The small town of Seborga is located in the hills of western Liguria on the border with France: inland, between Ospedaletti and Bordighera, also near the city of Vallecrosia and Camporosso. Seborga is declared, even today, independent principality: has its king, its laws and beats even currency. For the Italian state, of course, this principality not exist and is not recognized, but wandering the streets of the country you can still feel the atmosphere of the past meet the guards of the city police with picturesque uniforms and those who want it can take the passport or driver’s license bearing the stamps of the Principality. Due to its location, always exposed to the sun and with the mountains that protect it from cold winds from the north, Seborga enjoys a temperate climate with cool summers and mild winters. E ‘reachable by car, via the nearby motorway exit of Bordighera on the A10 continuing along Provincial Road 57. The signs along the road are easily visible, following the signs you can not go wrong. Upon arrival, you can park safely in the main square or in a parking lot near the center. By train, railway line Genoa-Ventimiglia, Bordighera station that is closest to the country.
BRIEF HISTORY OF Seborga. In the fifth century AD, the place where it stands today, the country was known as “Castrum Sepulcri”, renamed in the seventh century “Sepulcri Burgum”, then “Seporca” and from here Seborga.
Former stronghold of the Counts of Ventimiglia, in 959 AD was ceded to the Benedictine monks of Lerins and the title of prince (now the Lerins Islands are located off the coast of Cannes in France, in the French Riviera). In 1079 Seborga became a Principality of the Holy Roman Empire and was born the first Cistercian State in history. In 1660 was instituted the “Mint of Seborga”: the coins minted in gold and silver (the so-called Luigini) did not receive a good reception, and after thirty years of activity, the mint was closed. In 1729 the King of Sardinia bought the principality with a document written and signed in Paris, which turned out to be ever recorded. Similarly is not track ownership changes, nor the existence of Seborga and no document of the Acts of Unification of Italy in 1861 refers to the Principality. Nor does it appear that, in 1946, the territory of Seborga has been considered part of the Italian Republic. In 1963, the sovereign people elected Prince George I in 1995 and the rielesse life. The king opened the mint where they coined the Luigini, that still circulate freely within the territory of Seborga. The Luigini have no legal value, but are used as “good” expendable in the country.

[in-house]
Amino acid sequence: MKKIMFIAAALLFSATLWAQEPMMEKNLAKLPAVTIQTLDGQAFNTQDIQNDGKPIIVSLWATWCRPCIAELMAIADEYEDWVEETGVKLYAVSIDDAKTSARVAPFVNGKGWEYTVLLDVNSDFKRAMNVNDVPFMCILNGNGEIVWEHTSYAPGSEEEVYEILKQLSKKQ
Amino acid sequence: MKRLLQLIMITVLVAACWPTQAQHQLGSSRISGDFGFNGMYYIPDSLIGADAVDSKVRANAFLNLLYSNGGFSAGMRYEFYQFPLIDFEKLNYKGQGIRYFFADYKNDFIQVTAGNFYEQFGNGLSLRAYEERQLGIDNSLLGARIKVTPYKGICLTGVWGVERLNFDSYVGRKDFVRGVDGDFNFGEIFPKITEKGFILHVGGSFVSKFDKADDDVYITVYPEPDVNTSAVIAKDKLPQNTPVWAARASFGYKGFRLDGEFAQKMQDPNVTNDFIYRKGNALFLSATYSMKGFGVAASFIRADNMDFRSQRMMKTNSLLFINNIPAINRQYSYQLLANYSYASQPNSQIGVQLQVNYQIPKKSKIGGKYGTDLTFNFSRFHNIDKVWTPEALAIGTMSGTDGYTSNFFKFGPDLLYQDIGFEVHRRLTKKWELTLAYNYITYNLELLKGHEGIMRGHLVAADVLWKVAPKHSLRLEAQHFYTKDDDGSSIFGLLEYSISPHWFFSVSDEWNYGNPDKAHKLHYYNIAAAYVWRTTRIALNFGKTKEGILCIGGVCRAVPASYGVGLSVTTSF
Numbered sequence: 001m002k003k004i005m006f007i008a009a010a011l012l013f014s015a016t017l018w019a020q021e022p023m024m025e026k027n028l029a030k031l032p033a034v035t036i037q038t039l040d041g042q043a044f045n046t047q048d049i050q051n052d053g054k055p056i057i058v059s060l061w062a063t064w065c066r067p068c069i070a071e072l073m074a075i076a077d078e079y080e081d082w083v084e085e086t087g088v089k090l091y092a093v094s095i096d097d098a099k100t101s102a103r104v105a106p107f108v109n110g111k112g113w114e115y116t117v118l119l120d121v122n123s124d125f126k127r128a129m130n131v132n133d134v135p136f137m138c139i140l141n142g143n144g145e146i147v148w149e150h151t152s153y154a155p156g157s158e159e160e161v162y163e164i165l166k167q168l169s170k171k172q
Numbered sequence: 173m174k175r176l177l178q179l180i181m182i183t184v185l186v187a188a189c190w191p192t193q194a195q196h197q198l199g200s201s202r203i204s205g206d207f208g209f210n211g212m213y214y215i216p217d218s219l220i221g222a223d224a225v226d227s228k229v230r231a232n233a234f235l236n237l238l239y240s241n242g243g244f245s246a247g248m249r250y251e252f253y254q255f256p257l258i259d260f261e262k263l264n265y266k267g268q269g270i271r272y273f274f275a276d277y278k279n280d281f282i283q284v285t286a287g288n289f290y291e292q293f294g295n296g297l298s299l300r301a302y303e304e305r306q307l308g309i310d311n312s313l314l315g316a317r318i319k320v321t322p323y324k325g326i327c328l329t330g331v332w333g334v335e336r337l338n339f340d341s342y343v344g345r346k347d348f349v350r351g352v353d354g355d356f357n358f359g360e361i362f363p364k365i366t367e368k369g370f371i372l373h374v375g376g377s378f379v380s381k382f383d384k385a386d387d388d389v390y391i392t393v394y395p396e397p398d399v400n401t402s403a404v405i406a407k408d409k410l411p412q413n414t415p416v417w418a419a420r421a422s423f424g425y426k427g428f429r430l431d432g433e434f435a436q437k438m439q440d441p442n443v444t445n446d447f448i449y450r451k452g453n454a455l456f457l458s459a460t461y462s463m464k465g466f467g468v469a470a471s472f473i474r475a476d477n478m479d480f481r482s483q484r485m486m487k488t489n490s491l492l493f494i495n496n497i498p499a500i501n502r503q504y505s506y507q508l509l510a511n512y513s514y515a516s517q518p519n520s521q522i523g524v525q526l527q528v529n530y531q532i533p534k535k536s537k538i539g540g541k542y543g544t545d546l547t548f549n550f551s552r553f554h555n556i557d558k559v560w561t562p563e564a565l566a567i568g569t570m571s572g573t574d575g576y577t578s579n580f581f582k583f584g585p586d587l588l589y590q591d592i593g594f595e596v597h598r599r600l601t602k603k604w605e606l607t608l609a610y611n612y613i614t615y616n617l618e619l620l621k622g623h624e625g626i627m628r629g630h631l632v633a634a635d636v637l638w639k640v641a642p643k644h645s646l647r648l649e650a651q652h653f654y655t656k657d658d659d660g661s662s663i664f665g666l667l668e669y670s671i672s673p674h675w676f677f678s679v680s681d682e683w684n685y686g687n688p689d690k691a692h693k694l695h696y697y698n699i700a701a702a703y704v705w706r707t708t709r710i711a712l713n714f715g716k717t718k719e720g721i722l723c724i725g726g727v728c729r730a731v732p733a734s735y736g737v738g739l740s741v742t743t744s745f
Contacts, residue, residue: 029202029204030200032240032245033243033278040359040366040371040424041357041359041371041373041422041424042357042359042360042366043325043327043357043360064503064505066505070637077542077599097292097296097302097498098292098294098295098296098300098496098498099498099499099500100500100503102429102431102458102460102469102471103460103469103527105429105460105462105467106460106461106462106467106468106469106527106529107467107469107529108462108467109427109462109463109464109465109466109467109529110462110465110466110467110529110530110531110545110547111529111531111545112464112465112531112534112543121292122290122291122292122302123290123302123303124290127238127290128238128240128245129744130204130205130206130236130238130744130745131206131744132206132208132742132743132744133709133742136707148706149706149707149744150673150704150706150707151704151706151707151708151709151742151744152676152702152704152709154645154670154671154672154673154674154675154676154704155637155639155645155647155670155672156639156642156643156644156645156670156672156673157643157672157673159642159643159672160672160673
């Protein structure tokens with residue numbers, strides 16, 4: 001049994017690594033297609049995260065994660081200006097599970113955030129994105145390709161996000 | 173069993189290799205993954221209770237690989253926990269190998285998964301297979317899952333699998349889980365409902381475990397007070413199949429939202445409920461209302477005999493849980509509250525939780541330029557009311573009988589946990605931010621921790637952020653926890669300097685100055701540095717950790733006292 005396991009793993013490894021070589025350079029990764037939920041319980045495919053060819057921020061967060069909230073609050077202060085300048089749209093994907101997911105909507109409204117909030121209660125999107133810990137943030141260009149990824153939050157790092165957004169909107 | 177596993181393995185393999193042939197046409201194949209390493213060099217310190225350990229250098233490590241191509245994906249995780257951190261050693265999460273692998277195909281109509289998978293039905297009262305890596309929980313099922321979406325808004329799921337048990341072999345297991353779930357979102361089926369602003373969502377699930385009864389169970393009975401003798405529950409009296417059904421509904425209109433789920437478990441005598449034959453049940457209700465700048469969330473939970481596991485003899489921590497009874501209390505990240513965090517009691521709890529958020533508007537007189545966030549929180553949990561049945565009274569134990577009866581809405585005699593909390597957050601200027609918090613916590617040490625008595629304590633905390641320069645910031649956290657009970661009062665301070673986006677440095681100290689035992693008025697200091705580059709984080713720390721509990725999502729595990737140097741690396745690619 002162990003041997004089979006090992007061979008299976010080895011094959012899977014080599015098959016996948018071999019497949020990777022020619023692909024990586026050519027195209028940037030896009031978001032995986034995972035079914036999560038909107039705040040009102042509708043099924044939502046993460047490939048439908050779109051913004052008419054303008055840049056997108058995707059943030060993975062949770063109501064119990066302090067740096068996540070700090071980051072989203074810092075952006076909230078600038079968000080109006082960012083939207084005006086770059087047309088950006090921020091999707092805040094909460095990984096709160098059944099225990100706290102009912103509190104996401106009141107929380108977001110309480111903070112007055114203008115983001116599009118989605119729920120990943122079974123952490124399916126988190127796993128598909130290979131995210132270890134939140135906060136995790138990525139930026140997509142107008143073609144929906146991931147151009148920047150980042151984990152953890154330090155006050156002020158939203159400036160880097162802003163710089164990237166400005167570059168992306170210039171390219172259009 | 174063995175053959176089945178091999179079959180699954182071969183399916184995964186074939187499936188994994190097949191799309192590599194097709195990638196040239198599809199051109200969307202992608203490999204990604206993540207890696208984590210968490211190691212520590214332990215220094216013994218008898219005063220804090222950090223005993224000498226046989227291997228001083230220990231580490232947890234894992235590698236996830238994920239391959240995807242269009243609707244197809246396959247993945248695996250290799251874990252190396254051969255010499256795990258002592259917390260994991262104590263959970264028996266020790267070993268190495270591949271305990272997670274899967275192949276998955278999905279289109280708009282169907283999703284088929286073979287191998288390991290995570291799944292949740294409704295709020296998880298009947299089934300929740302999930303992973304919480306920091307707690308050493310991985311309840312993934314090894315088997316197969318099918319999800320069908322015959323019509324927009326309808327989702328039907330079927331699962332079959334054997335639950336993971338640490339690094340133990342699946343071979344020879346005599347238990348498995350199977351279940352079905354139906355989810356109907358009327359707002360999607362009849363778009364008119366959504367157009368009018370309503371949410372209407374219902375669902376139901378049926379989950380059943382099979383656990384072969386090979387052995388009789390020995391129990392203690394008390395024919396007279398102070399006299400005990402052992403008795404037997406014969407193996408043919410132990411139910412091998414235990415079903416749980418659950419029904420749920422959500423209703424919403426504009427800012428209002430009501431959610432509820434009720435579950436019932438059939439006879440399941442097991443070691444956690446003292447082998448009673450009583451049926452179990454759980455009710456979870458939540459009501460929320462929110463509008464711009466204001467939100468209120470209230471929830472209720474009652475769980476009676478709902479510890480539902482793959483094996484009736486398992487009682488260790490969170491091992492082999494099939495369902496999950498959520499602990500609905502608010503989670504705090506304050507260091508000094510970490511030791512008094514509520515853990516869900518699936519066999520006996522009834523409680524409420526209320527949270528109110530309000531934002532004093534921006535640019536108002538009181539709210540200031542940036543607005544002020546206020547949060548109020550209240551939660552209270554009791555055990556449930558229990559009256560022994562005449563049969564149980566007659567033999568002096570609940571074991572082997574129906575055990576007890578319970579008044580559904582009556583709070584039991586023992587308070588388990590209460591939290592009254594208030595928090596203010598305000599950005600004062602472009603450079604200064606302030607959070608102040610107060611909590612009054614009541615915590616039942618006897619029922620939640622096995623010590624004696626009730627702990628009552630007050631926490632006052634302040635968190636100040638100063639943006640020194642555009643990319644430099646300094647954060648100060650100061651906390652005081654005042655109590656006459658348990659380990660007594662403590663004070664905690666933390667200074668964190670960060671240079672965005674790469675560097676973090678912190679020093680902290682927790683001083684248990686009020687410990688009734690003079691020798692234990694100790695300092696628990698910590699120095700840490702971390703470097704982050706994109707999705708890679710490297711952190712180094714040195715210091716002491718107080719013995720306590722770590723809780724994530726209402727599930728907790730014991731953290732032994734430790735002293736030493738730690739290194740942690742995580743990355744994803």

TO SEE A SEBORGA. In this charming medieval village from traditional streets and downs, there are monuments of great interest. At the entrance of the village is the small Oratory of San Bernardo which dates from the fourteenth century. In the heart of the village is located the Parish Church of St. Martin, which has a baroque facade. The interior, of modest size, has three altars and the walls you can admire works nineteenth century and the statues of St. Martin and St. Sebastian. In the historical center there is the Palace of the Monks, a stone building and home to the “Mint”. Do not miss a visit to Government House where you can buy, for remember, the stamps issued by the Principality and Luigini, the official coins. From the Chapel of St. Just, a small church located on the hillside of the country, you can enjoy a beautiful view of the sea and of Seborga. The village also offers a very rich cuisine to be enjoyed in its cozy and reknown restaurants. Olive oil is the main industry of the region: there are workshops in Seborga, where the millstones turn the best olives in very good extra-virgin.